The federal New Democrats' attempt to have the House of Commons hold an emergency debate to discuss Ontario Premier Doug Ford's use of the notwithstanding clause to “keep kids in school” and legislate a contract with more than 55,000 education workers, has failed.

Ontario NDP MP Matthew Green wrote to Speaker Anthony Rota on Wednesday requesting the special late-night session to discuss "the Ontario Government’s use of notwithstanding clause to override the Charter protected right to collective bargain."

"This most recent use of the notwithstanding clause by a provincial government is another step in a disturbing trend that has seen provincial government’s increasingly willing to override the constitutional rights of its citizens," Green wrote in his letter. "There is a clear interest for this parliament to debate the trampling of constitutional rights and the implication it will have for everyone in Ontario and across the country."

Following question period, Deputy Speaker Chris D'Entremont ruled on the request, telling MPs that he was "not satisfied that his request meets the requirements of the Standing Orders at this time," meaning there will not be an emergency debate on this topic.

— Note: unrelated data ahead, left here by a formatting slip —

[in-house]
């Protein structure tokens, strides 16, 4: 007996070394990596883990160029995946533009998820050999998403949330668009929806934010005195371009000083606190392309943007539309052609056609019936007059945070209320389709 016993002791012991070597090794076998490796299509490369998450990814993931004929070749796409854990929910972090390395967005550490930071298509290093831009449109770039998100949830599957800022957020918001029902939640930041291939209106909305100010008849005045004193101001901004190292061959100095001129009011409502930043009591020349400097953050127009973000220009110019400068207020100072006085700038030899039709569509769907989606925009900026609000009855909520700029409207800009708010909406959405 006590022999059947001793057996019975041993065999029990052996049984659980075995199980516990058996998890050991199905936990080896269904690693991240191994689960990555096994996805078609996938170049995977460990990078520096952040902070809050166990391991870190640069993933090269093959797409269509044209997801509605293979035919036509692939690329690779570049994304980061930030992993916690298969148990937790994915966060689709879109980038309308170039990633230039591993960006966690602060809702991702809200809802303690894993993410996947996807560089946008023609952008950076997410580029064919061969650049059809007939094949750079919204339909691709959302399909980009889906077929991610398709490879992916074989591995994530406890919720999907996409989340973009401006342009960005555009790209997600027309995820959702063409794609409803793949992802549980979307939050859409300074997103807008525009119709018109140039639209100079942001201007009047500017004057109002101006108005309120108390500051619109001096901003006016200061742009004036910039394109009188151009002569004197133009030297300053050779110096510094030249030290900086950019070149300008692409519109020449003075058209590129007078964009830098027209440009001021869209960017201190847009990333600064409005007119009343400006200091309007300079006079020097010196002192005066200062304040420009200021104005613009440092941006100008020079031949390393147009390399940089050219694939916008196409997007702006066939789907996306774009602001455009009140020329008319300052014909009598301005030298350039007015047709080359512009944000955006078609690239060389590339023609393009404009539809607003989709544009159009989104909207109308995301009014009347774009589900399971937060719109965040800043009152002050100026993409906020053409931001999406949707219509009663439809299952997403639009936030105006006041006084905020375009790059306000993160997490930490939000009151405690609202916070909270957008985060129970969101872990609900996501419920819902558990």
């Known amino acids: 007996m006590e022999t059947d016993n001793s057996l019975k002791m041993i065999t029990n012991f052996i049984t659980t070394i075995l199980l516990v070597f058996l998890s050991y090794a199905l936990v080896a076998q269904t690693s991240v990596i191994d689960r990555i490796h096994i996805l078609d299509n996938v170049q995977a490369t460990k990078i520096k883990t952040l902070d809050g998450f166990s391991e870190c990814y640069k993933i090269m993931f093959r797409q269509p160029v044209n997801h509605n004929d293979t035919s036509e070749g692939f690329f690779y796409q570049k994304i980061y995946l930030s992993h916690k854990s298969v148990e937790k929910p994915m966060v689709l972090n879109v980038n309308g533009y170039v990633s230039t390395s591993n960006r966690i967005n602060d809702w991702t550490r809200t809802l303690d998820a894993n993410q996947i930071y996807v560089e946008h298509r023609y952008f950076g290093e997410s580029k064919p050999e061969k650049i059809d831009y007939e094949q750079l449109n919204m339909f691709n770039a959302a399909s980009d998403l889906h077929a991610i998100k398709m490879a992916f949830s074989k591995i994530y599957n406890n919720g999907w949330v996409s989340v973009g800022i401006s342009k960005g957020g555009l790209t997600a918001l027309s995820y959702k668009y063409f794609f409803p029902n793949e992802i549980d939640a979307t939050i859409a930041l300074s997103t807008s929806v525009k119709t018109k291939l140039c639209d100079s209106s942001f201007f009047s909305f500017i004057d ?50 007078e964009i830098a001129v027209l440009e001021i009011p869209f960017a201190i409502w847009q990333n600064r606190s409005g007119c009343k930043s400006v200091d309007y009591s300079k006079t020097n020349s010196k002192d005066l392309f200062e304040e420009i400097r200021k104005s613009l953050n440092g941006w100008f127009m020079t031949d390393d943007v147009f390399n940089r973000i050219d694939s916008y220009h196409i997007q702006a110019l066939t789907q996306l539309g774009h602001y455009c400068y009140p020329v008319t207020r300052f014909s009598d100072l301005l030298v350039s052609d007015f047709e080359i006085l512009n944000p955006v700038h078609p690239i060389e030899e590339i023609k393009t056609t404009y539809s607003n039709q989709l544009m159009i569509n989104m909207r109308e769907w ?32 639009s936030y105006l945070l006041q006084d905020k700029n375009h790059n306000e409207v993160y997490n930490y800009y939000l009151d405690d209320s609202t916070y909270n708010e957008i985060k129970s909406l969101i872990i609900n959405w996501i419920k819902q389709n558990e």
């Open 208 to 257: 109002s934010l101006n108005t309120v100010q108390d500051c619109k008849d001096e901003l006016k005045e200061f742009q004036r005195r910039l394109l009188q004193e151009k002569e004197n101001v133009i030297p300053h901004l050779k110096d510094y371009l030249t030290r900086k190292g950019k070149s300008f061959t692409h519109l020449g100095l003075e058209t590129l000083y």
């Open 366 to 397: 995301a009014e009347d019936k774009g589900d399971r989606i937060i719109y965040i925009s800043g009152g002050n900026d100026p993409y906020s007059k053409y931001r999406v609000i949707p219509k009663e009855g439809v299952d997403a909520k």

On Wednesday, Members of Provincial Parliament were set to vote on a number of motions meant to fast-track the “Keeping Students in Schools Act,” which uses the notwithstanding clause to override the union’s charter rights to strike. While the provincial government is aiming to see the bill passed this week, negotiations with the Canadian Union of Public Employees (CUPE) are continuing ahead of Friday's planned strike.

Green also tried, unsuccessfully, to get the House to unanimously condemn Ford's move, but some MPs rejected that call.

This came as Prime Minister Justin Trudeau told reporters on Wednesday that his government is considering its options when it comes to responding to Ford's use of the notwithstanding clause, a move Trudeau has made clear he thinks is wrong. He also issued a call out to the Conservatives to respond to the situation.

On his way into a Liberal caucus meeting on Wednesday, Justice Minister David Lametti didn't elaborate on what options the federal government is considering, but did say Ontario's "pre-emptive use of the notwithstanding clause is very serious and — and even anti-democratic." 

With files from CTV News Toronto's Katherine DeClerq